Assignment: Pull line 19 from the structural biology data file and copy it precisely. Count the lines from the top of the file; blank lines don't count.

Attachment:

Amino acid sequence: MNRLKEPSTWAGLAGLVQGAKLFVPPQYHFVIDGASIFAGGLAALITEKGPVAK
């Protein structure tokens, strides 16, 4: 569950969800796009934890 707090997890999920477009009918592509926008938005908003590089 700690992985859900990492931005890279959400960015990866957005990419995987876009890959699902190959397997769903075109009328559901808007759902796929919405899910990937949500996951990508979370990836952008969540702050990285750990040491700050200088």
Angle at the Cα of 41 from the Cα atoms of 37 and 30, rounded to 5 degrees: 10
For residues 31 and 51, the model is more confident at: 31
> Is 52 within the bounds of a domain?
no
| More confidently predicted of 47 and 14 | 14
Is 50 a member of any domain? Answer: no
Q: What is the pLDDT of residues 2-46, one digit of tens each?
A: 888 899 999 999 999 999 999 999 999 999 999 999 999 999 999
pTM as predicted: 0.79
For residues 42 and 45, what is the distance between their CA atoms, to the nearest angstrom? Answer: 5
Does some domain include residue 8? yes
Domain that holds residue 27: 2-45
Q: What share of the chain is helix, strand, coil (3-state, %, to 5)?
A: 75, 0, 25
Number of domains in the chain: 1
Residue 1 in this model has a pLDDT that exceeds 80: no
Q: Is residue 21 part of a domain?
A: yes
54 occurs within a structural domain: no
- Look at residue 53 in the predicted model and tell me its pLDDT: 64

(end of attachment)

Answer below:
Q: Is residue 21 part of a domain?